With Liberal Democrat controlled Hull City Council meeting on Thursday (20 July) to discuss its policy of reintroducing primary school meal charges, 70 MPs have so far backed a Commons motion urging Hull councillors to think again.
The Early Day Motion (EDM) tabled by Hull North MP Diana Johnson has been supported by MPs from five political parties, including two Lib Dems. The EDM reads:
"That this House notes the most recent research showing that childhood obesity threatens the health and academic attainment of young people throughout the United Kingdom, with major long-term cost implications in the National Health Service, illness-related welfare benefits and local authority services; acknowledges that the problem of childhood obesity extends beyond those on the lowest household income levels as defined by entitlement to means-tested benefits; believes that a more nutritious diet for schoolchildren has a central role in combating this public health problem; applauds Hull City Council's three-year pilot scheme, combining increased investment in healthier school food ingredients with the abolition of charges for primary school meals; observes that the resulting increase in the take-up of school meals from 36 per cent. to 64 per cent. indicates that universal free school meals is a particularly effective means of extending healthy eating to children in the areas of greatest deprivation; recognises Hull's 'Eat Well, Do Well' scheme to be a nationally significant example of the local innovation encouraged in the Education and Inspections Act 2006; regrets that Hull City Council's new minority administration has expressed opposition to the free primary school meals scheme and has announced the reintroduction of schools meals charging for those not claiming means-tested benefits, without waiting to consider the final results in 2007 of their pilot scheme; fears that this action would reverse Hull's progress in increasing the take-up of healthy school meals; and joins the Child Poverty Action Group in urging Hull councillors to reconsider this decision."
The MPs' call comes after Hull City Council's new Lib Dem leadership, supported by Hull Tory councillors, announced a "managed withdrawal" of Hull's award-winning 'Eat Well, Do Well' initiative. The pioneering scheme, introduced by Hull's previous Labour administration, had increased spending on healthier school meal ingredients, while making free school meals universal for Hull's 24,000 primary school pupils.
The initiative was seen as a national pilot scheme and is being evaluated by Hull University with a final report in 2007. Interim results showed that the take-up of school meals in Hull from 36 per cent to 64 per cent under the policy. The 'Eat Well, Do Well' policy has been central to Hull's progress in improving primary school children's diets and their readiness to learn.
Hull City Council's move has been attacked by the Child Poverty Action Group as "shameful" and comes after the latest official figures showed that more than a quarter of English secondary schoolchildren are clinically obese - almost double the proportion of a decade ago. With one of the highest rates of obesity in England, Hull has also been dubbed as Britain's 'Fat Capital'.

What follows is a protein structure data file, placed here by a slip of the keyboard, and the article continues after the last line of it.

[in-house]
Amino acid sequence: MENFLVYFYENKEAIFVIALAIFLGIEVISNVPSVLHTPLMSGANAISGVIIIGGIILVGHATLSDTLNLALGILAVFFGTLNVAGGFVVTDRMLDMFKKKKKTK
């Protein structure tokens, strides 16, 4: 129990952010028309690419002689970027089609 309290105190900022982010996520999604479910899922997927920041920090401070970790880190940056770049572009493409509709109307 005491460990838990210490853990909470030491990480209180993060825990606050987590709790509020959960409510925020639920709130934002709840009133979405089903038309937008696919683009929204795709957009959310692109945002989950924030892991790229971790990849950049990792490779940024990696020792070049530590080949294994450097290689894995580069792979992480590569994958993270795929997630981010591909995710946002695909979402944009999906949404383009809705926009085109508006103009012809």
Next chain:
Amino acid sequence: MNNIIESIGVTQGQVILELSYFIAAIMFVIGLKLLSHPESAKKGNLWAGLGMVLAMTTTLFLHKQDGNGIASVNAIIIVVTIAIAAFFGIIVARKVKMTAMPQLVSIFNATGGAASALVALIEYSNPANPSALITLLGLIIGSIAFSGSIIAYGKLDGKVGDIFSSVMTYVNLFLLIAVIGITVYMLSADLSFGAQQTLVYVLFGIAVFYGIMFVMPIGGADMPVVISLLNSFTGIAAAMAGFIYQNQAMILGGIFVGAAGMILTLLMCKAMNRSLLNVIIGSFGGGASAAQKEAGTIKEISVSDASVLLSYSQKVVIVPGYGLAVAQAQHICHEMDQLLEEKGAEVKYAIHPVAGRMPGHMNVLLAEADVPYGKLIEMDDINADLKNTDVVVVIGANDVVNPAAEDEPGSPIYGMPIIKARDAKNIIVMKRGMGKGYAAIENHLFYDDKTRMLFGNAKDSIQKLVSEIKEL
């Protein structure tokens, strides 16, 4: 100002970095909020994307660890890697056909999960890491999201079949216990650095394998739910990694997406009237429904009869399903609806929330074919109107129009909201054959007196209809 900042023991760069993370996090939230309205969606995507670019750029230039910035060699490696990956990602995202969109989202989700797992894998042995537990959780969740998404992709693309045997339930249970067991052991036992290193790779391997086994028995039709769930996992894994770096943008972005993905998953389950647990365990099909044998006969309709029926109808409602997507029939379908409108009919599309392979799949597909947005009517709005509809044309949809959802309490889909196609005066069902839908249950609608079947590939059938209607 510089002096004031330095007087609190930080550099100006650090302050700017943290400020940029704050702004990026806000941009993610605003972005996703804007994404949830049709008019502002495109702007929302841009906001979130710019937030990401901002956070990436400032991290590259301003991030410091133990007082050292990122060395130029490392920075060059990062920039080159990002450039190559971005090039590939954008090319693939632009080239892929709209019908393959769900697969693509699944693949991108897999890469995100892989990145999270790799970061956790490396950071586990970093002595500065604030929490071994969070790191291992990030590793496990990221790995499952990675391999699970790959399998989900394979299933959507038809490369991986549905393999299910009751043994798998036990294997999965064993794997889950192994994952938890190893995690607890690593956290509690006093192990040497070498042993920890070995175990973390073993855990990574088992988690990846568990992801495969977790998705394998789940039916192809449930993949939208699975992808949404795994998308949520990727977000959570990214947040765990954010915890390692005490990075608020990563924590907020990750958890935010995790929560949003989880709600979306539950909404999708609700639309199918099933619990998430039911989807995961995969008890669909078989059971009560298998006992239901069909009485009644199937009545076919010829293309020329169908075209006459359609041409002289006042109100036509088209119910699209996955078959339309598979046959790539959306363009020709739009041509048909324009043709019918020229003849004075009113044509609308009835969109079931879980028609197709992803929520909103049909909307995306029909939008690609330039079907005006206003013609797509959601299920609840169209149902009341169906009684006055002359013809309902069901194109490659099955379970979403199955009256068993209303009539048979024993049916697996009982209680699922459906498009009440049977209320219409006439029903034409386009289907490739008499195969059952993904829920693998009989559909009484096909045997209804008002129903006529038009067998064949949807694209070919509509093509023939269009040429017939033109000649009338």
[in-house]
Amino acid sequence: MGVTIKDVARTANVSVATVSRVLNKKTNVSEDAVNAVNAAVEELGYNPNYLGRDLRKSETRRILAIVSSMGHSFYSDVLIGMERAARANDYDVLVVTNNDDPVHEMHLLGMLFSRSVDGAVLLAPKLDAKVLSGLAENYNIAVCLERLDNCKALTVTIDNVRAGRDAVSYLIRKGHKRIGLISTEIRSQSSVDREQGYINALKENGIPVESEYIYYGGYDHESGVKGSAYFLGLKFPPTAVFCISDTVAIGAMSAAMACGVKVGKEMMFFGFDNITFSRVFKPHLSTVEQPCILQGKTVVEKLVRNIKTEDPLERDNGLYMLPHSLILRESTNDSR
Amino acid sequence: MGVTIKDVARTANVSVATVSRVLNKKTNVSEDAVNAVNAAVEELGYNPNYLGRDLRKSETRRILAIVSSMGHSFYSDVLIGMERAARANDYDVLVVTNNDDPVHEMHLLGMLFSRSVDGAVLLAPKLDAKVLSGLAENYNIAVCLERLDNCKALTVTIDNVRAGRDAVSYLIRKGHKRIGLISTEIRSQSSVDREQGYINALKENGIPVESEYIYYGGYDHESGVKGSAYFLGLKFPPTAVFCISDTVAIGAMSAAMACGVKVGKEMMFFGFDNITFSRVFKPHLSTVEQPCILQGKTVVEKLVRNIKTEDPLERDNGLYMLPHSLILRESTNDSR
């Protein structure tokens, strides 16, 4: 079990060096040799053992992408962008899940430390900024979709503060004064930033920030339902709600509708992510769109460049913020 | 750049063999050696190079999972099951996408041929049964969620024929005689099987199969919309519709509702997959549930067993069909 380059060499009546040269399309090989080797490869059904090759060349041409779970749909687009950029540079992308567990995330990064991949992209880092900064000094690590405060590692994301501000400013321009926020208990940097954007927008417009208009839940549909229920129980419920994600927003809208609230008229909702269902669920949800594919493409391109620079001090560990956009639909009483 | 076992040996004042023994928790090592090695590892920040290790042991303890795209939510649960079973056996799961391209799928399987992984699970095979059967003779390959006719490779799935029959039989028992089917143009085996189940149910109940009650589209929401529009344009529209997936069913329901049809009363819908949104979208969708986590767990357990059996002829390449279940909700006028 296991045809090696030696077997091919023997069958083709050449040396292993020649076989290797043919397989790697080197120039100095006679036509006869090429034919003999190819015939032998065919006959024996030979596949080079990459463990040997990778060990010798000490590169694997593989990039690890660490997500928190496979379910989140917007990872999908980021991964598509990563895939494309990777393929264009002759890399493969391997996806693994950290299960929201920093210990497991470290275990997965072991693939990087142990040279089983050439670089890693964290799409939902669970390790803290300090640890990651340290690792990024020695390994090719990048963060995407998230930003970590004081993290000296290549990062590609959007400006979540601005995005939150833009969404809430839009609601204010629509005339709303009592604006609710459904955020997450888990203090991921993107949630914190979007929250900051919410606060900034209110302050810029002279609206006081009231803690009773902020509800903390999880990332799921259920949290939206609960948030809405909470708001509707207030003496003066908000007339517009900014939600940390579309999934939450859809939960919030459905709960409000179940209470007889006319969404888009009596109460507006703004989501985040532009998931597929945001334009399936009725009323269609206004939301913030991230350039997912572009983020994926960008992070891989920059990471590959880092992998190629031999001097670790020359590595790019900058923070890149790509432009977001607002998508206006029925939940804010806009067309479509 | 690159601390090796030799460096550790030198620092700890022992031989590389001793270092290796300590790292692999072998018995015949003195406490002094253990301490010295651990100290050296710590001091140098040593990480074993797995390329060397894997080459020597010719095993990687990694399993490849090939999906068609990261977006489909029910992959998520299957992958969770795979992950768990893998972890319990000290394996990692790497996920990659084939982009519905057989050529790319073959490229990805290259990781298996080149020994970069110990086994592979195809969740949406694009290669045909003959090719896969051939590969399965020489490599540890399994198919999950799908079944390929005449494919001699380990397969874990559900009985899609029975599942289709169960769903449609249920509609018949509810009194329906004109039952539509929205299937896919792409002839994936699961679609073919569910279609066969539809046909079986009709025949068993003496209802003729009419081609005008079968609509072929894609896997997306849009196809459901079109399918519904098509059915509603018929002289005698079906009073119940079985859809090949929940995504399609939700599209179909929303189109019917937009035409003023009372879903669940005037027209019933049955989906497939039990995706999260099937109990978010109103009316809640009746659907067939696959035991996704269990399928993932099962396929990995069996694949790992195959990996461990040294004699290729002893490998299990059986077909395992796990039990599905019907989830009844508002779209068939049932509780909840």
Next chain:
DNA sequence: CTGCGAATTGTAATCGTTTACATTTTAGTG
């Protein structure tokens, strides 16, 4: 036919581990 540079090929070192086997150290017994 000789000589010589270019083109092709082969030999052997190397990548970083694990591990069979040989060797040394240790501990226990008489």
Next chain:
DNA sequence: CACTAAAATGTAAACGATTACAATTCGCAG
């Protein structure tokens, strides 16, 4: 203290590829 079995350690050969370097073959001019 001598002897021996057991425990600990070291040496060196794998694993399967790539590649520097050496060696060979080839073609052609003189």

Hull councillors will be discussing a motion on "The Nutritional Content of School Meals" from Labour councillor Daren Hale.
Diana Johnson MP said: "The fact that a significant number of MPs across the parties have backed my motion shows how Hull's 'Eat Well, Do Well' policy is seen as a national pilot scheme in the fight against childhood obesity.
"MPs are simply asking Hull City Council not to prejudge the final results of Hull University's study of the pilot scheme and not to make a firm decision on the future of the policy until we have the these results in 2007.
"Hull's Lib Dems seem to misunderstand what a pilot scheme is and have been inconsistent in their attitude to means-testing. Oblivious to the long term savings to tax-payers of improving the take-up of healthy food in schools, the Lib Dems seem confused about their reasons for withdrawing the free school meals policy, changing their story about what they would do with the money raised from restoring charging.
"Worse still, Hull Lib Dems seem to think that the public health problem of childhood obesity is confined to those eligible for means-tested benefits. Despite expressing hostility to the policy, more recently they seem to be flip flopping on whether they think 'Eat Well, Do Well' is a good idea or not!
"Bringing back charging would reverse the improved take-up of healthy school meals in Hull that we have seen under the 'Eat Well Do Well' policy. It would contribute to a public health time-bomb ticking in a generation of Hull children and impose over future decades major costs on the NHS, welfare benefits and those council services related to illness and incapacity.
"Hull City Council needs to develop its healthy school food policy and further increase - not decrease - the take-up of healthy school meals. I hope that Hull's councillors will think again."